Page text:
I was so excited to have the opportunity to visit the Cayman Islands as part of our Carnival Cruise. Grand Cayman has a shallow harbour so we had to board a tender to take us ashore at the Port of George Town. This was something different as I hadn’t experienced this before. Top of the attraction list was Cayman Turtle Centre, the rest was icing on the cake.
Grand Cayman Island was the second stop on our 7 day Western Caribbean Carnival Cruise. Our first stop was Ocho Rios Jamaica and from Grand Cayman Island we travelled to Cozumel, Mexico although we chose an excursion on the mainland taking us to Playa-del-Carmen instead.
We decided that we would try a local tour operator for Grand Cayman Island, mostly because it is a small island and none of the Carnival excursions were really anything we wanted to do. Before leaving New Orleans my sister and I had checked Trip Advisor to see if there were any suitable options and we came across Captain Marvin’s Island Tours.
We sent an email to book an island tour which included a visit to Hell and the Cayman Turtle Centre. It was half day tour which gave us plenty of time to have a look around George Town. One thing we mixed up was that ship time is an hour different to Grand Cayman Island time! This was an unfortunate oversight as it then meant that we missed our tour time at 9am. No biggy, we hit the souvenir shop and got ourselves a t-shirt to prove that we had been there.
The next tour was at 11am and we were able to jump on that. This tour was half the cost of the Carnival shore excursions so we were very happy to have saved a few dollars here. You need to carefully consider which ports you can do this at and it really depends on what you want to do, where it is, how long it will take to complete the activity and if it allows plenty of time to get back to the port. If you are at all concerned, go with Carnival organised excursions because if you are late returning they will wait for you but if it is a privately organised tour they wont and will leave without you.
We returned to Captain Marvin’s just before 11am and boarded the mini bus. Our tour guide was a local who had 18 brothers and sisters and a total of 98 cousins on the island. Amazing, he pretty much knew every second person on the island! He was however unbelievably knowledgeable and knew everything there was to know about Grand Cayman Island.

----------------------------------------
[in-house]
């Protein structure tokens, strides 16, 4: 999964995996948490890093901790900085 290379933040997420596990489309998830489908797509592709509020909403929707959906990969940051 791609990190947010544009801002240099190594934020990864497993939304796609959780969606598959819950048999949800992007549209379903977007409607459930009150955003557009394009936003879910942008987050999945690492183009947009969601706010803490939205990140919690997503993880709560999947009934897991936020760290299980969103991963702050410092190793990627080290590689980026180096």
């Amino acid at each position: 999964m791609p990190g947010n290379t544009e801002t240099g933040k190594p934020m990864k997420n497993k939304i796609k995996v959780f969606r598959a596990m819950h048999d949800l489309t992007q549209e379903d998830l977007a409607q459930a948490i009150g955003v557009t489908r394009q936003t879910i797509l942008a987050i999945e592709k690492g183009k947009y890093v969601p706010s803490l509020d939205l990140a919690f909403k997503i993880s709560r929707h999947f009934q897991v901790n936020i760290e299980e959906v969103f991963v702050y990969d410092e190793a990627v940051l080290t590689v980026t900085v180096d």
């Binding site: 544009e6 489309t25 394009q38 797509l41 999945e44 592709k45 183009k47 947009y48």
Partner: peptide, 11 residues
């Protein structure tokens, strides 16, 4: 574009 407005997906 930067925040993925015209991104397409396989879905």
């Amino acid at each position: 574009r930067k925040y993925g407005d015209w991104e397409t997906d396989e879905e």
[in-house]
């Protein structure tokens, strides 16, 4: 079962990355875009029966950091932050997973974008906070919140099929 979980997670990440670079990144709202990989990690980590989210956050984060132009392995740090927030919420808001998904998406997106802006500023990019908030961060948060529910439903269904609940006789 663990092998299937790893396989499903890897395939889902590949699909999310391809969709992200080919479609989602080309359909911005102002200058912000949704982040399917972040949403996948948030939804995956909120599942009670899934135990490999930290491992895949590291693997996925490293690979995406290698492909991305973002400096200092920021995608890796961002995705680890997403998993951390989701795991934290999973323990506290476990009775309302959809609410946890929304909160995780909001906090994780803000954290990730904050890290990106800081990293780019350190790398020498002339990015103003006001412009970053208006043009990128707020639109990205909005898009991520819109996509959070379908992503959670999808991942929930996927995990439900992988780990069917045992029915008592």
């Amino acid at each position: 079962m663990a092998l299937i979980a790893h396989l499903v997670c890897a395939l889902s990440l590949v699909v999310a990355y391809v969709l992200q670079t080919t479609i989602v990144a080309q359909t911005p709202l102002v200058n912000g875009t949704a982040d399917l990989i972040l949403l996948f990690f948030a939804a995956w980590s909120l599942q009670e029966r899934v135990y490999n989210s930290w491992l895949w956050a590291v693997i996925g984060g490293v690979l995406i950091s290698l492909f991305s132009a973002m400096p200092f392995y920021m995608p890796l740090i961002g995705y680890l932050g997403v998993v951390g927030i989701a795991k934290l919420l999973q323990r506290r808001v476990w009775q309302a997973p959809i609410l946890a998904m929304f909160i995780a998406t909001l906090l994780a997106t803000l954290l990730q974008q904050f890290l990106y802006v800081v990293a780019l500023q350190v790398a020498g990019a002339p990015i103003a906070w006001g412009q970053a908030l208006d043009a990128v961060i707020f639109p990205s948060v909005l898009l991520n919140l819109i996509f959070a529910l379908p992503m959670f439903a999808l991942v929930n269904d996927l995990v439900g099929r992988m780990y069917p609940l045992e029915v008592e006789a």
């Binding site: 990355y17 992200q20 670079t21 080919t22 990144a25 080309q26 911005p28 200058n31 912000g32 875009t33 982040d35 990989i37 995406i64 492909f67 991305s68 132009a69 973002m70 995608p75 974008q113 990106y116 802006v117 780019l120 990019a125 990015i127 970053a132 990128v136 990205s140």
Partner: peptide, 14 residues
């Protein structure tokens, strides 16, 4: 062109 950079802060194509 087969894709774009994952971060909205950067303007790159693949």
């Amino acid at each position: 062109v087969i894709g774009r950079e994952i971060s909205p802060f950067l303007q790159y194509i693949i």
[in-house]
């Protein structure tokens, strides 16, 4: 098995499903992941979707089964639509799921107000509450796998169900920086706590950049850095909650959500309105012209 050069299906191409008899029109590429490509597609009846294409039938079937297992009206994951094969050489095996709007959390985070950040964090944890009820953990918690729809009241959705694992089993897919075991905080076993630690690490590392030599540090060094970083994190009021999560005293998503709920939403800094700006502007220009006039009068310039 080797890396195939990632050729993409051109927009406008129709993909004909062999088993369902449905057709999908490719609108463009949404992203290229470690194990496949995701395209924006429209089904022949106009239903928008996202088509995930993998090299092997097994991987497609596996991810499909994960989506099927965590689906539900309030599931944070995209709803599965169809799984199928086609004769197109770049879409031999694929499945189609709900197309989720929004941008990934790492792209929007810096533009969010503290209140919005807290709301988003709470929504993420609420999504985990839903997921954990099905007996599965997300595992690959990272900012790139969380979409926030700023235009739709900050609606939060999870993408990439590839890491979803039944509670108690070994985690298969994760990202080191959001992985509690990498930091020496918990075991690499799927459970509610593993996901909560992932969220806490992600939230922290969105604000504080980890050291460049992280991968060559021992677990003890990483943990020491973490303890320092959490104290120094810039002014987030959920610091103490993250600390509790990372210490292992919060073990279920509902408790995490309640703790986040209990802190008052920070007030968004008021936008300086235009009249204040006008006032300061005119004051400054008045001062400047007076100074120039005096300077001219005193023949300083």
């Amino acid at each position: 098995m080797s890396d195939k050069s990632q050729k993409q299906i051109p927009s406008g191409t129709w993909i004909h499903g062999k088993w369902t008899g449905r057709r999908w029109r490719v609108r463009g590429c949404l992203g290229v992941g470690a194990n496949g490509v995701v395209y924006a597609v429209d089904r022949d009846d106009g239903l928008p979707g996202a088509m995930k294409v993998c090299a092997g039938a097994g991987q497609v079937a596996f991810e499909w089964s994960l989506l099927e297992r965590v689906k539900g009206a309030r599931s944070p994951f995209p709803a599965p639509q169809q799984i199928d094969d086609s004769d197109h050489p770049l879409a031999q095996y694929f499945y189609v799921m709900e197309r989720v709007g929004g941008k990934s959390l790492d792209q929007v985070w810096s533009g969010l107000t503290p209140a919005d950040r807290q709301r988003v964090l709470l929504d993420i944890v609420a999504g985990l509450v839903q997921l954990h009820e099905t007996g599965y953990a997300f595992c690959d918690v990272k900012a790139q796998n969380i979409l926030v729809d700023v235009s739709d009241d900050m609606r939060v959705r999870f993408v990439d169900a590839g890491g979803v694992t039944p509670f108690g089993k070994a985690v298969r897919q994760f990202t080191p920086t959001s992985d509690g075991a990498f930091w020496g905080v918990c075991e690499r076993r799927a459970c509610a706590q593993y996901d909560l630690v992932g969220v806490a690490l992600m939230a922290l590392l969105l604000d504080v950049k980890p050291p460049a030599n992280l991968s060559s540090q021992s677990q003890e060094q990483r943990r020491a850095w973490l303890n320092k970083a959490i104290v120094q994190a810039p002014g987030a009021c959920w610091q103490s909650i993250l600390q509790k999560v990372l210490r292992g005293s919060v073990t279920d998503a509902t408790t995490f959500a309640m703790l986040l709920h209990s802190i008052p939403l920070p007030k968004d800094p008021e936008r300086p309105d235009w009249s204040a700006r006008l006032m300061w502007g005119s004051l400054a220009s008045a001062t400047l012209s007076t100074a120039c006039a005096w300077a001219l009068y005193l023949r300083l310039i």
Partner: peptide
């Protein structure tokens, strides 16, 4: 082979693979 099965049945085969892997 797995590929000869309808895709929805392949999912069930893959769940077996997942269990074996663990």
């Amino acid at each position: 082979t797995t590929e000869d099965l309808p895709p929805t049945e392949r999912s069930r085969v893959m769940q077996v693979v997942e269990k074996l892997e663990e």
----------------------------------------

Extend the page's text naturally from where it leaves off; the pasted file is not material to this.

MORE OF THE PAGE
First up we visited Hell. Yep, I’ve been to Hell and back! There is a little store here that was once a post office that still has a post box. My sister and I sent home to mum a postcard from Hell. There isn’t really much there other than the spiky black limestone formations from where Hell supposedly got it’s name but its funny to be able to say we’ve actually been to Hell and back!
Next was the Cayman Turtle Centre a conservation facility as well as a tourist attraction, I was really looking forward to this as I really love turtles and am yet to have a swim with one in the wild. It remains at the top of my bucket list. Our tour guide doubled as the guide at the Cayman Turtle Centre, he’s a typical multi-talented islander! Jack of all trades. Did you know that turtle meat is a delicacy in the Caribbean and they were hunted so severely that they nearly went extinct. What a tragedy that would have been. Our guide said it still goes on with the older generation but it is very much frowned upon now a days. I’m a bit of a fussy eater and can’t bring myself to eat kangaroo so I very much doubt I would eat turtle.
The good news is that the Cayman Turtle Centre has brought all species of turtle back from extinction in particular the endangered Green Sea Turtle and they currently have the highest numbers ever reported. The centre was established in 1968 initially used to raise Green Sea turtles for commercial purposes.